@Michael: You can always date old pre-OS X Macsters by the depth of their neurotic obsession with real/imaginary RAM/disk pressure. Hell, they probably still try to reinstall Connectix RAM Doubler after every system update!

I'm going to presume a zombie app uses only RAM, not CPU, so won't slow other processes while dormant and can be automatically terminated by the OS any time that RAM becomes needed elsewhere. Simple caching mechanism: don't bother unloading an already loaded but currently unused process from RAM until/unless that RAM is actually required elsewhere, so if the user happens to switch back to it in the meantime then it "launches" instantly with none of the usual delay that an actual reload from disk plus initialization would take. It's no different to the OS using spare RAM to cache commonly-read files, or any of a range of other tricks that modern OSes perform behind the scenes to improve the user experience. If it's working correctly, users should neither know or care; if it's not, they have bigger problems to worry about.

"You can always date old pre-OS X Macsters by the depth of their neurotic obsession with real/imaginary RAM/disk pressure. Hell, they probably still try to reinstall Connectix RAM Doubler after every system update!"

Dude. This has nothing to do with pre-OS X. It really doesn't have all that much to do with OS's.

The big change was the adoption of SSD's. Before SSD's, hitting swapfiles was multiple orders of magnitude slower than hitting RAM. Now, while swap is still slower than RAM, it's not the same kind of massive deal.

In OS X, prior to SSD's, quitting processes to free up inactive memory really did make a user noticeable difference.

@has That’s how it works in theory, but in practice the RAM is not always reclaimed promptly. Secondly, it’s not the same as file caching because it causes functional (not just performance) differences that can break some apps (which I’ve seen happen) or cause confusion. For example, some APIs will report that an app is running, when it’s not actually visible to the user, nor able to receive IPC.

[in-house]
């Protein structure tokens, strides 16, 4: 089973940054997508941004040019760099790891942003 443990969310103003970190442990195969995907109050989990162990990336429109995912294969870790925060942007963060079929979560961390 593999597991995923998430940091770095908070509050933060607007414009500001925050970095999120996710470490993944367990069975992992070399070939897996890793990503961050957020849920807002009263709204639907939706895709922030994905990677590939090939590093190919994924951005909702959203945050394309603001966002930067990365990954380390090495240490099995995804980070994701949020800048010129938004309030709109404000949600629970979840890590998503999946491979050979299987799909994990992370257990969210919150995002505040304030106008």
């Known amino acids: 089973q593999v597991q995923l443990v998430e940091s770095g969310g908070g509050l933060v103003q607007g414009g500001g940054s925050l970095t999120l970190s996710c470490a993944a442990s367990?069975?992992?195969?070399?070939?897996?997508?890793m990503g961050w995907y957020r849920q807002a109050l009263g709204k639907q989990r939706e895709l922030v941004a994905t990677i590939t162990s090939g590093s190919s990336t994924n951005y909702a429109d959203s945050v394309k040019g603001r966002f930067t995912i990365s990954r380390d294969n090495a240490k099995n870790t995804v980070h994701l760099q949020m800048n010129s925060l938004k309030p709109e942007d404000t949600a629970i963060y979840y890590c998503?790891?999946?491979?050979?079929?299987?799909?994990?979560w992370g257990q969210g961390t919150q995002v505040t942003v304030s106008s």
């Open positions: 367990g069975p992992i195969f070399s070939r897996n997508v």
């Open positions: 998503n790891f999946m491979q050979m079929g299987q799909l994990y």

I think this is a good idea in theory, but it sounds like the execution is flawed.

Having two states (open and closed) is already somewhat confusing, so if Apple were to make this less confusing (e.g. all apps are shown as open by default, people can't even quit apps, and macOS automatically manages resources), that would be an improvement. But it sounds like they're adding yet another app state that people have to be aware of, because it behaves in unexpected ways.

@Michael Tsai: From an API point of view, NSRunningApplication gives anything information needed to know the exact stat of the application.

"That’s how it works in theory, but in practice the RAM is not always reclaimed promptly.”

I’m not sure why that RAM would need to be reclaimed promptly. As long as the system doesn’t need it for anything else, let the “zombies” stick around indefinitely. If you really do need that memory recovered for some reason, use /System/Library/CoreServices/talagent -memory_pressure to get the system to take care of it for you.

@Jean-Daniel That’s not clear to me. Where does NSRunningApplication show the napping and zombie state? I did find that it was helpful in that the finishedLaunching property can detect a (different?) kind of zombie process that older APIs could not.

@Brad By “promptly” I meant “when needed,” not “when the zombie is created.”

Leave a Comment